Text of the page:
We got back from our pre-season holiday a few days ago. What a varied and interesting insight into Northern Italy. The soft top Fiat we hired was well used in the daily sunshine, but our refusal to have sat nav was probably a mistake and the cause of marital disharmony due to the navigators’ inability to read the maps. Why are maps always wrong when I do the map reading? And the Italian road signs do not help at all. For a start all the places end in -agio, and the distance given on the signs gets longer the closer the destination becomes! But we made it around the top of the country and even got back to Venice Airport for the trip home. From cycling over the low Alps in Como, to climbing up the steep paths of the Cinque Terres, to the beauty of Lucca and Pisa and to staying on an Olive farm and Vinyard near Sienna, we crammed a lot into two weeks. I had my first ride on an electric bike to try to keep up with the wife on our visit to the cyclists’ church and museum near Como, and we even managed to go to a nature reserve and got lost when the team leader insisted on crossing a river to get to the non existent path on the other side. The wife even got her knickers wet in the freezing mountain water, whilst traversing the slippery boulders, and I was not popular. But compensation was made on the last stop, at a luxury hotel (the first five star hotel I have ever stayed in), with its rooftop spa and wonderful restaurant. I am not sure about having television on the ceiling, and in the loo in addition to the more conventional wall mounting, but life is all about new experiences.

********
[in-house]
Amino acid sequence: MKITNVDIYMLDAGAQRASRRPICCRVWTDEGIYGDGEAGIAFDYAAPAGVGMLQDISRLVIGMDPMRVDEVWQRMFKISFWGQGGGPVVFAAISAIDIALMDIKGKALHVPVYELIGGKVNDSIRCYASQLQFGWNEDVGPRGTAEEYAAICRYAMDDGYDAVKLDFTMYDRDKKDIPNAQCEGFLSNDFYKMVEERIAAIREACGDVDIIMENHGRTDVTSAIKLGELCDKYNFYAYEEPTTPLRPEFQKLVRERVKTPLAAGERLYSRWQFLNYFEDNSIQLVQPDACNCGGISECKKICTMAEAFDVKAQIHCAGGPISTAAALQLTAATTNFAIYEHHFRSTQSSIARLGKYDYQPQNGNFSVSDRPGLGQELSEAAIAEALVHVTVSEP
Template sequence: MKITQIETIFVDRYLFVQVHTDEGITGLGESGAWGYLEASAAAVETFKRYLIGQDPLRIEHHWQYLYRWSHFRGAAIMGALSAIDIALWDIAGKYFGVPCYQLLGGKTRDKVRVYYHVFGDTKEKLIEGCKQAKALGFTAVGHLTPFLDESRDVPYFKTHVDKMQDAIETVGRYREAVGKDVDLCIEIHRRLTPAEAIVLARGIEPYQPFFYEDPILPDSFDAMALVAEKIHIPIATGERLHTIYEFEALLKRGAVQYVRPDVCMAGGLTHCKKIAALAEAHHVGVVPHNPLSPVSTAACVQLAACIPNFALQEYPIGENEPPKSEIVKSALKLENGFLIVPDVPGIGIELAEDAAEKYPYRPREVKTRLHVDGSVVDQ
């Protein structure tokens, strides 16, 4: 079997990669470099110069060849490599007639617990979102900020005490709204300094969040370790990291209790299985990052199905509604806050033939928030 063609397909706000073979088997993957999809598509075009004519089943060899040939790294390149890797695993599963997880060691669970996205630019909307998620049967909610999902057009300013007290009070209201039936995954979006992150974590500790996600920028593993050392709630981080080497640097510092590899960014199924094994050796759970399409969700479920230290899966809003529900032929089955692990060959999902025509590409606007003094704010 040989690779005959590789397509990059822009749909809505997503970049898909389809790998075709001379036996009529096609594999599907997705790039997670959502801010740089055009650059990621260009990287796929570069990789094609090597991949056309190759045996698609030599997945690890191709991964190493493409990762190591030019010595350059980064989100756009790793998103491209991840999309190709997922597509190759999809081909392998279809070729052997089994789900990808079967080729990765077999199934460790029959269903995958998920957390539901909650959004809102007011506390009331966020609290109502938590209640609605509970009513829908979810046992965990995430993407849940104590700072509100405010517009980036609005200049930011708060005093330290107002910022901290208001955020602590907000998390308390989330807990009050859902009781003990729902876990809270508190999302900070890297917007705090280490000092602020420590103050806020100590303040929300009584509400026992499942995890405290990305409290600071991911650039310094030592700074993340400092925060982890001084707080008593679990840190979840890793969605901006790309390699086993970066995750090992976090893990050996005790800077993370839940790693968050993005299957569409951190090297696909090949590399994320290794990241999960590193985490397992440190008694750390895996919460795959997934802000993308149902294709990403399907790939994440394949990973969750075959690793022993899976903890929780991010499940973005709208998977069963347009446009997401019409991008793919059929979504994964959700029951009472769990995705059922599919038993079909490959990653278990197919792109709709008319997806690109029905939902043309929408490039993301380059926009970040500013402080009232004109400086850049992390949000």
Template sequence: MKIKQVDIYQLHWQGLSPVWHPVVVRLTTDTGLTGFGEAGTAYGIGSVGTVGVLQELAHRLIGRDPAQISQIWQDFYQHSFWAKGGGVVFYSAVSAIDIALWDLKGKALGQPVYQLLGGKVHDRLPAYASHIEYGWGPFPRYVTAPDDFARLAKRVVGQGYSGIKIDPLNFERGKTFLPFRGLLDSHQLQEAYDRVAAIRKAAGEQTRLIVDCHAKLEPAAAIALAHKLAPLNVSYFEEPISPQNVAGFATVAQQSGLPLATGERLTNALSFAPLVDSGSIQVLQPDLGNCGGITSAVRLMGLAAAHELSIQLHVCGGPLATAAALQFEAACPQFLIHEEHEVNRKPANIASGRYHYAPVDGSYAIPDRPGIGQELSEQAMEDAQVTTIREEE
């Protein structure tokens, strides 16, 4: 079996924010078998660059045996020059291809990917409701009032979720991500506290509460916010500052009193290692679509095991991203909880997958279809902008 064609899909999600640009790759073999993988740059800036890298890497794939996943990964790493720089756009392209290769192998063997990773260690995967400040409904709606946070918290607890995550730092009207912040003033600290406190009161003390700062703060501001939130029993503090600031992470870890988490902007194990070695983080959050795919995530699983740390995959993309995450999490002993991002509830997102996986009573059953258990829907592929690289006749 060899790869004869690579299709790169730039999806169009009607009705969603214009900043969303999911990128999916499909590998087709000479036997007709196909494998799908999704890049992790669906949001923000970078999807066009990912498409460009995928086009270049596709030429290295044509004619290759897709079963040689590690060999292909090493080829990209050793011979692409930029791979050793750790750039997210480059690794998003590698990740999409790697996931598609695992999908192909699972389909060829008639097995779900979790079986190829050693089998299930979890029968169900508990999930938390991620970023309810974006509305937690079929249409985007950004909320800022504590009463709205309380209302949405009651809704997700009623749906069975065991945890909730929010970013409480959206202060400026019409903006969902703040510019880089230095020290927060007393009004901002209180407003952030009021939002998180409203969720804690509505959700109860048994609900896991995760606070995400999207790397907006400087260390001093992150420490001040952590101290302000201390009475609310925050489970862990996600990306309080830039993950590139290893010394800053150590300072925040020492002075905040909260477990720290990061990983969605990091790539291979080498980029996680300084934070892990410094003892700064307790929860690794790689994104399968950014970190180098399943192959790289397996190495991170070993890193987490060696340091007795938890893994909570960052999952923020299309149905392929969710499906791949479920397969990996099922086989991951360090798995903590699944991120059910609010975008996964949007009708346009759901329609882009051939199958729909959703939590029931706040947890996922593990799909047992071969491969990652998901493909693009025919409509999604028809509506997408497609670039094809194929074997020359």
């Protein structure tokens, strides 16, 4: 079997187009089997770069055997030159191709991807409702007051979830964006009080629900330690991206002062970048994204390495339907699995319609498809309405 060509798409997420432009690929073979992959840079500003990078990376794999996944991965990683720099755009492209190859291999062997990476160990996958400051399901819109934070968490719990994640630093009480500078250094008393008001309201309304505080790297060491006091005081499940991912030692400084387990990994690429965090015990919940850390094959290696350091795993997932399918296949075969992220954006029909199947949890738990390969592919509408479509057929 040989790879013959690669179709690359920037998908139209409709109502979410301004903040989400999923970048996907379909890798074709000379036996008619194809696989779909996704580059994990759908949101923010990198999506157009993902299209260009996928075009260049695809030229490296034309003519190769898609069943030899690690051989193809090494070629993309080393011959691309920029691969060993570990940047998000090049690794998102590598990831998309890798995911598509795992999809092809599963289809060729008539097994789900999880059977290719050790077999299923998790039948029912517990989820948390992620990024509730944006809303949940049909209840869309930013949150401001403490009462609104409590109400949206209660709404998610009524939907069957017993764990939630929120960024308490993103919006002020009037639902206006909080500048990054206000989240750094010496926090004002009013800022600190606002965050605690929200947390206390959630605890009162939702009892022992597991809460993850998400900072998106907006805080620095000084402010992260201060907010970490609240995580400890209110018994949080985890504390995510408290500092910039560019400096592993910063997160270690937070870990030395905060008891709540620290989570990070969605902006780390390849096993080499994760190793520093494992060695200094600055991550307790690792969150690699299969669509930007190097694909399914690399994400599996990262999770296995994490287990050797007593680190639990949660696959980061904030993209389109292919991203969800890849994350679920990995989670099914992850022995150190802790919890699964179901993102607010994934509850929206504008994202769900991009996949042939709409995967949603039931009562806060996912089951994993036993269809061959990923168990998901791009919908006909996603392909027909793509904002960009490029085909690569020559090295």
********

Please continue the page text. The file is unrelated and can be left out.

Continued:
So what were the main feelings about the country? Well firstly most of Italy is a bit like most other counties in Europe; too much traffic, everyone in a hurry, and often pretty boring countryside. But there are rare jewels which are really astounding; Venice, Pisa, Sienna, Lucca and the many hilltop villages in beautiful Tuscany. We were there over the Easter week, which was not ideal, and the amount of visitors to the main sites was overwhelming, with parking the car always a problem. Speeding limits seem to be largely ignored in the country, and Italians seem to want to drive inside your boot even more than the French do. We rubbished the road signs in the rolling hills which announced snow and rainstorms and thought them rather ridiculous in the 20 degree heat, but noticed how stupid we were when after the storms of our last night all the summits were covered with snow! For me the best of the trip was the wonderful wild flowers of the Alpine foothills and the mind blowing reality of Venice; the cleverness of man and the majesty of Mother Nature. A great visit.